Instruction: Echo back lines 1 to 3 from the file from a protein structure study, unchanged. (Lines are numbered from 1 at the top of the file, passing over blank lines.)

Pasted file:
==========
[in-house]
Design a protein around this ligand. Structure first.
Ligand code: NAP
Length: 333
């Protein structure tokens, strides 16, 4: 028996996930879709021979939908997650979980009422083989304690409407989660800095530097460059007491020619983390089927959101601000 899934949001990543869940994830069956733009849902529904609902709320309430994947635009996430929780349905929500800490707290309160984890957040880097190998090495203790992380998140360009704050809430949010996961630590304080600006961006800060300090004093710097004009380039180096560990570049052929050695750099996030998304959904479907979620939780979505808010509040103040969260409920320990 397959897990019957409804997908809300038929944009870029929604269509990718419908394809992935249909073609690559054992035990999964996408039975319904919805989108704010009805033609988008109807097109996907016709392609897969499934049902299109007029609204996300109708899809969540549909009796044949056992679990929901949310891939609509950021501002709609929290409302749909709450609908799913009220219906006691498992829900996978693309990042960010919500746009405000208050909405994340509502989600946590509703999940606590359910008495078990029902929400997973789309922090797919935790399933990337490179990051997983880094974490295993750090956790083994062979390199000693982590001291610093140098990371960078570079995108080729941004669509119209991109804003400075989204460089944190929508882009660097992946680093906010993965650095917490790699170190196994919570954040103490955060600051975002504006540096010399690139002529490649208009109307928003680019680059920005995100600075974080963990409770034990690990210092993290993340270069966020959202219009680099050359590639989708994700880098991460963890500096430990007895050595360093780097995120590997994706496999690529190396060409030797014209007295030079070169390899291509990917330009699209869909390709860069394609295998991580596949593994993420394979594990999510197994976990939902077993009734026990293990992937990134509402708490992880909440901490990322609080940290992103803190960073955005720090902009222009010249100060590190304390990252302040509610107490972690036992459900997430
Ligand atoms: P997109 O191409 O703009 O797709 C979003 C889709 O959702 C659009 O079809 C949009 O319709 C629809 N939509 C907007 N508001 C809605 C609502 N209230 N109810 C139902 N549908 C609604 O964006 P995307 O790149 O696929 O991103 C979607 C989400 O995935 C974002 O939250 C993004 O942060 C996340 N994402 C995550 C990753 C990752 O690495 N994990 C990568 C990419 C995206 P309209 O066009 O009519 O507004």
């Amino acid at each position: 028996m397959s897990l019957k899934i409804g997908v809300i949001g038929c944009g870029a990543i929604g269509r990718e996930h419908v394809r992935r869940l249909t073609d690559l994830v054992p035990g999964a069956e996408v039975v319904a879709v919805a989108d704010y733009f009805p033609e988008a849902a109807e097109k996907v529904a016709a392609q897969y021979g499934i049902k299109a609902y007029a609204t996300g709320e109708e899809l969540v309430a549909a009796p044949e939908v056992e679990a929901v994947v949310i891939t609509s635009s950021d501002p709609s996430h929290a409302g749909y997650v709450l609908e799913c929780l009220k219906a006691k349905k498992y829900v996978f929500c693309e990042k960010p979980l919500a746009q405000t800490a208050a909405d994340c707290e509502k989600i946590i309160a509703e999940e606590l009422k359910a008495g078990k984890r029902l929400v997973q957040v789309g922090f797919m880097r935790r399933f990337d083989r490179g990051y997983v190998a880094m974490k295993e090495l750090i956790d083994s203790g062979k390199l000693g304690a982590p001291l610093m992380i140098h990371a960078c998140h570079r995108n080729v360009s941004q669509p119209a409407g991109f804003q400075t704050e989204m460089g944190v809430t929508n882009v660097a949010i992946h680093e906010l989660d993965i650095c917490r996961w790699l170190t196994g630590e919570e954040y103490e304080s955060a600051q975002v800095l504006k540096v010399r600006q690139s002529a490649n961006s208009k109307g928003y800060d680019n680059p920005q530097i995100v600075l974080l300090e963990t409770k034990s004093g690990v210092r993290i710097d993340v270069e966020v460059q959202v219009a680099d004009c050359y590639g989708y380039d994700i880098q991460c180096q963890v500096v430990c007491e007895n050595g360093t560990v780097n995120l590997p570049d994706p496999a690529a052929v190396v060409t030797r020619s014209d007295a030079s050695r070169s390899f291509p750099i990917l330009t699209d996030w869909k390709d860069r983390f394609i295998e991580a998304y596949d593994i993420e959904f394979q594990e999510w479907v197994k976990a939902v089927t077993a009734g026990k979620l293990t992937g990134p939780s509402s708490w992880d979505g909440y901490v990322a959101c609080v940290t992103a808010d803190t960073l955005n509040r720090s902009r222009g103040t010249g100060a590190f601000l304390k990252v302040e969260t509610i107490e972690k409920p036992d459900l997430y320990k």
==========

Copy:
[in-house]
Design a protein around this ligand. Structure first.
Ligand code: NAP